"The decisions have to be made, not as Band-Aids on situations but to really get at root causes and build out the systemic change that we need to seem," Wu said.
Two of Wu’s most ambitious pledges focus on housing and public transportation, familiar themes for the city’s 675,000 residents.
To help push back against soaring housing costs that have forced some former residents out of the city, Wu has promised to pursue rent stabilization or rent control. The biggest hurdle to that proposal is the fact that Massachusetts voters narrowly approved a 1994 ballot question banning rent control statewide.
Another of Wu’s top campaign promises is to create a “fare free” public transit system. Wu has said the proposal would strengthen the city’s economy, address climate change and help those who take the bus or subway to school or work.
Like the rent control pledge, Wu can’t as mayor unilaterally do away with fares on the public transit system, which is under the control of the Massachusetts Bay Transportation Authority.
Wu said she would try to work with partners in state government to make each proposal a reality.
“We don’t have to choose between generational change and keeping the streetlights on, between tackling big problems with bold solutions and filling our potholes,” she said.
Other challenges that Wu will have to grapple with as mayor include public education, policing, the city’s ongoing struggle with the COVID-19 pandemic, and the long-term effects of climate change on the coastal metropolis.
Mayor Michelle Wu's Background
Wu, 36, was the first Asian American woman to serve on the Boston City Council, having first been elected in 2013 at the age of 28. She became the first woman of color to serve as council president when she was elected in January 2016.
Her parents immigrated to the United States from Taiwan in the early 80s, before she was born. She is fluent in Mandarin and Spanish.
Wu graduated from Harvard University and Harvard Law School. It was while she was a student at Harvard, as her parents were separating, that Wu noticed her mother showing signs of mental illness. Shortly after graduating, just months into her new job, Wu was called home to Chicago by her younger sister, with their mom in a full-blown mental health crisis.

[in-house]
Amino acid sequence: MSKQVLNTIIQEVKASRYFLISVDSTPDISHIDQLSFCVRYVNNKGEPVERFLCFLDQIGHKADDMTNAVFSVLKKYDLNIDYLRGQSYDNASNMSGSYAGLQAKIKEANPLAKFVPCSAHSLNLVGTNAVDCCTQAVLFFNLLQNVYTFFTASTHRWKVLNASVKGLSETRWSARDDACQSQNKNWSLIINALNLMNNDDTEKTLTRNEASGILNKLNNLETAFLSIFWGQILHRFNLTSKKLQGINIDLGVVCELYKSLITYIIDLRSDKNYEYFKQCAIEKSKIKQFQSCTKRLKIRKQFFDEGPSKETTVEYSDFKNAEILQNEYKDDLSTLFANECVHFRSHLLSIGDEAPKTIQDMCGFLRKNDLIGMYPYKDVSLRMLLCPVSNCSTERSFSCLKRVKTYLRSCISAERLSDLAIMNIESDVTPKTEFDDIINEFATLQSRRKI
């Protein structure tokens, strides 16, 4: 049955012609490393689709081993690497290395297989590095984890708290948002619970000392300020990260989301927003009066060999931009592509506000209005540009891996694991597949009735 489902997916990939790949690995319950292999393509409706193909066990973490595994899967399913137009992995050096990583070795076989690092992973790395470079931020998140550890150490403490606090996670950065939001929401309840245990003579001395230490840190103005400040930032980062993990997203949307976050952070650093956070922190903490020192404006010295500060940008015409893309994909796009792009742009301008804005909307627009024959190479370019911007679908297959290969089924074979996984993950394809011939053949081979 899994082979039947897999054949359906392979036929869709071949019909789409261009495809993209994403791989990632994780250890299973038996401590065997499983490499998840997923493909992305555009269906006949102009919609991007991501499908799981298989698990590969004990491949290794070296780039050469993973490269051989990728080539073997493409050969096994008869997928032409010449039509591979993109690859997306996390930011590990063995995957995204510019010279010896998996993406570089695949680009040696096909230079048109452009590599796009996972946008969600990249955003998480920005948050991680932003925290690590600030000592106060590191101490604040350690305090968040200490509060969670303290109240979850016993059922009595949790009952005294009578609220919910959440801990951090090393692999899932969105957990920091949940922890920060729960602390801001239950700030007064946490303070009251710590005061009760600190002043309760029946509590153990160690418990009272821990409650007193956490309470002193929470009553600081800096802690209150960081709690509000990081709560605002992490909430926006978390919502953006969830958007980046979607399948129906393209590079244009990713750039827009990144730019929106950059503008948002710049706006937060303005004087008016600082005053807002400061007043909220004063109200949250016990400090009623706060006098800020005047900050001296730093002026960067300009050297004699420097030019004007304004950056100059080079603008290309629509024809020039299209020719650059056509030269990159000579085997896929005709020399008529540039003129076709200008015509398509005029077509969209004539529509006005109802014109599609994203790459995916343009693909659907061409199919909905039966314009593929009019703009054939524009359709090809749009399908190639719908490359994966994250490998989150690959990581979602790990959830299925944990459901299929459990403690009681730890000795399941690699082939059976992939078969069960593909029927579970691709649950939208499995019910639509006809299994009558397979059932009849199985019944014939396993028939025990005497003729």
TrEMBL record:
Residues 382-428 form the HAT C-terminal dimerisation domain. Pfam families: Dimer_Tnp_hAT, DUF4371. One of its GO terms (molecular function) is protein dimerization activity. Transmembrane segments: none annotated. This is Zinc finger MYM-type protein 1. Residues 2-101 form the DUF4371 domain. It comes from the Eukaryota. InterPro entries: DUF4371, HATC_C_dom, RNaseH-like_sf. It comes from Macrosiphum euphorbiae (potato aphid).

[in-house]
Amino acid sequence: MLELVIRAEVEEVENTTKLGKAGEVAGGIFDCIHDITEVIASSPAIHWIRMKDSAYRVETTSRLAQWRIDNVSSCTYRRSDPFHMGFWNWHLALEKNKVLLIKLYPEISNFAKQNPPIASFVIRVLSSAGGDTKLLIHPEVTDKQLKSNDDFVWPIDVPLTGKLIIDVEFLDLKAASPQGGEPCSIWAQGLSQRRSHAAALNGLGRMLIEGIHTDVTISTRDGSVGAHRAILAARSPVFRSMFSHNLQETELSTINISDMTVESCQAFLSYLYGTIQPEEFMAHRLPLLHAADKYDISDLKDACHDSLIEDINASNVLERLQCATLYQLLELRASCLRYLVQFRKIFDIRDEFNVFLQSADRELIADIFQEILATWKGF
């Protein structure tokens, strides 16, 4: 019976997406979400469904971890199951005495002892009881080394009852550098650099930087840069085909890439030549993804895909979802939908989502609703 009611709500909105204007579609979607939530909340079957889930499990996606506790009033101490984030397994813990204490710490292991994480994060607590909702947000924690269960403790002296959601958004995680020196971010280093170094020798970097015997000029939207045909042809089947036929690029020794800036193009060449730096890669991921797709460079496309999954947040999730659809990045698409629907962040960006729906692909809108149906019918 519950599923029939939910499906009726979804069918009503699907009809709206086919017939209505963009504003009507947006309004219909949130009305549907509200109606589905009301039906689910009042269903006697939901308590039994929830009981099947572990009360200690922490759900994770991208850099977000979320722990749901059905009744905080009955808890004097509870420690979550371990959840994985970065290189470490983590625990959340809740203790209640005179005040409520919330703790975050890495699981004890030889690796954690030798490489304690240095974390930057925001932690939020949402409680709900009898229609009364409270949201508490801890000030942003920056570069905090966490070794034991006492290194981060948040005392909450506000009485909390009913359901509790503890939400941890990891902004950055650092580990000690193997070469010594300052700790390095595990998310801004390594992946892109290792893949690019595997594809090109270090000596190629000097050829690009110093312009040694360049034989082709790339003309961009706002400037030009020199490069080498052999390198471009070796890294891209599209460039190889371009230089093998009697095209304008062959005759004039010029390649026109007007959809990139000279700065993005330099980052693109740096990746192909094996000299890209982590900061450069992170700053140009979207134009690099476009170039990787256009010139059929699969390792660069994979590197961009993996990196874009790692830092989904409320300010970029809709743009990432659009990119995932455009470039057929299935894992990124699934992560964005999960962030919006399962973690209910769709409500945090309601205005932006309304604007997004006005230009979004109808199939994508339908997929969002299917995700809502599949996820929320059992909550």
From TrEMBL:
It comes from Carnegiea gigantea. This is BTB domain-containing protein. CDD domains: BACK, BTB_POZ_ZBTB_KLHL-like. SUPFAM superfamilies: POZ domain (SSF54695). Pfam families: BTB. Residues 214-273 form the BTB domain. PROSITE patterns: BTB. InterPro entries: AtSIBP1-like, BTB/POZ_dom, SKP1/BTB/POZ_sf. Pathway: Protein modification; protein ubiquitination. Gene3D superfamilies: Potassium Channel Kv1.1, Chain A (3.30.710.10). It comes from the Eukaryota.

After stabilizing her home life, Wu moved the entire family back to Boston, where she began to attend Harvard Law School. Wu believes the move saved her mother's life. Her mom was diagnosed with late onset schizophrenia and was inpatient at Massachusetts General Hospital.
Wu got her start in City Hall working for Mayor Thomas M. Menino as a Rappaport Fellow in Law and Public Policy. She later served as statewide constituency director in the U.S. Senate campaign of her former law professor, Elizabeth Warren.
She is a former restaurant owner, legal services attorney, and legal guardian of her younger sisters. She also has a background in community advocacy, having worked at the WilmerHale Legal Services Center in Jamaica Plain and at the Medical-Legal Partnership at Boston Medical Center.
Wu lives in Roslindale with her husband, Conor, and her sons, Blaise and Cass. Wu and her family share a two-family house with her mother.
"We put the kids to bed last night and they were happy, they were thrilled, but they just wanted to know if they really had to go to school tomorrow," Wu said Wednesday, adding, "the answer was yes."